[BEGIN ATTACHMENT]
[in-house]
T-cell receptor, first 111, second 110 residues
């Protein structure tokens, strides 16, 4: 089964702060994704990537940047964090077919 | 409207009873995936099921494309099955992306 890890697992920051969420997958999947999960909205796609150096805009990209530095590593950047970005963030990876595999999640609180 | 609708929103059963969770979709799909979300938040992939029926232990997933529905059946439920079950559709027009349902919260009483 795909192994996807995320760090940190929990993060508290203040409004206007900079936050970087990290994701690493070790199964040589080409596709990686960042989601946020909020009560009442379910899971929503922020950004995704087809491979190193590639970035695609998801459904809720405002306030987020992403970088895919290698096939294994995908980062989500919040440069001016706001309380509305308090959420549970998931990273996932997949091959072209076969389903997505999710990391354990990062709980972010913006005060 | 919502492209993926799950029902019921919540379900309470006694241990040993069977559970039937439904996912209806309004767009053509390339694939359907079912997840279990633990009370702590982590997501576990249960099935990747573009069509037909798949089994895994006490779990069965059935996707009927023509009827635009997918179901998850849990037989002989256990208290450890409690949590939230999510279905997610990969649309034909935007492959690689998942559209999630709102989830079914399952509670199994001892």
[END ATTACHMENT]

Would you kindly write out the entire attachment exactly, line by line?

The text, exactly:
[in-house]
T-cell receptor, first 111, second 110 residues
């Protein structure tokens, strides 16, 4: 089964702060994704990537940047964090077919 | 409207009873995936099921494309099955992306 890890697992920051969420997958999947999960909205796609150096805009990209530095590593950047970005963030990876595999999640609180 | 609708929103059963969770979709799909979300938040992939029926232990997933529905059946439920079950559709027009349902919260009483 795909192994996807995320760090940190929990993060508290203040409004206007900079936050970087990290994701690493070790199964040589080409596709990686960042989601946020909020009560009442379910899971929503922020950004995704087809491979190193590639970035695609998801459904809720405002306030987020992403970088895919290698096939294994995908980062989500919040440069001016706001309380509305308090959420549970998931990273996932997949091959072209076969389903997505999710990391354990990062709980972010913006005060 | 919502492209993926799950029902019921919540379900309470006694241990040993069977559970039937439904996912209806309004767009053509390339694939359907079912997840279990633990009370702590982590997501576990249960099935990747573009069509037909798949089994895994006490779990069965059935996707009927023509009827635009997918179901998850849990037989002989256990208290450890409690949590939230999510279905997610990969649309034909935007492959690689998942559209999630709102989830079914399952509670199994001892």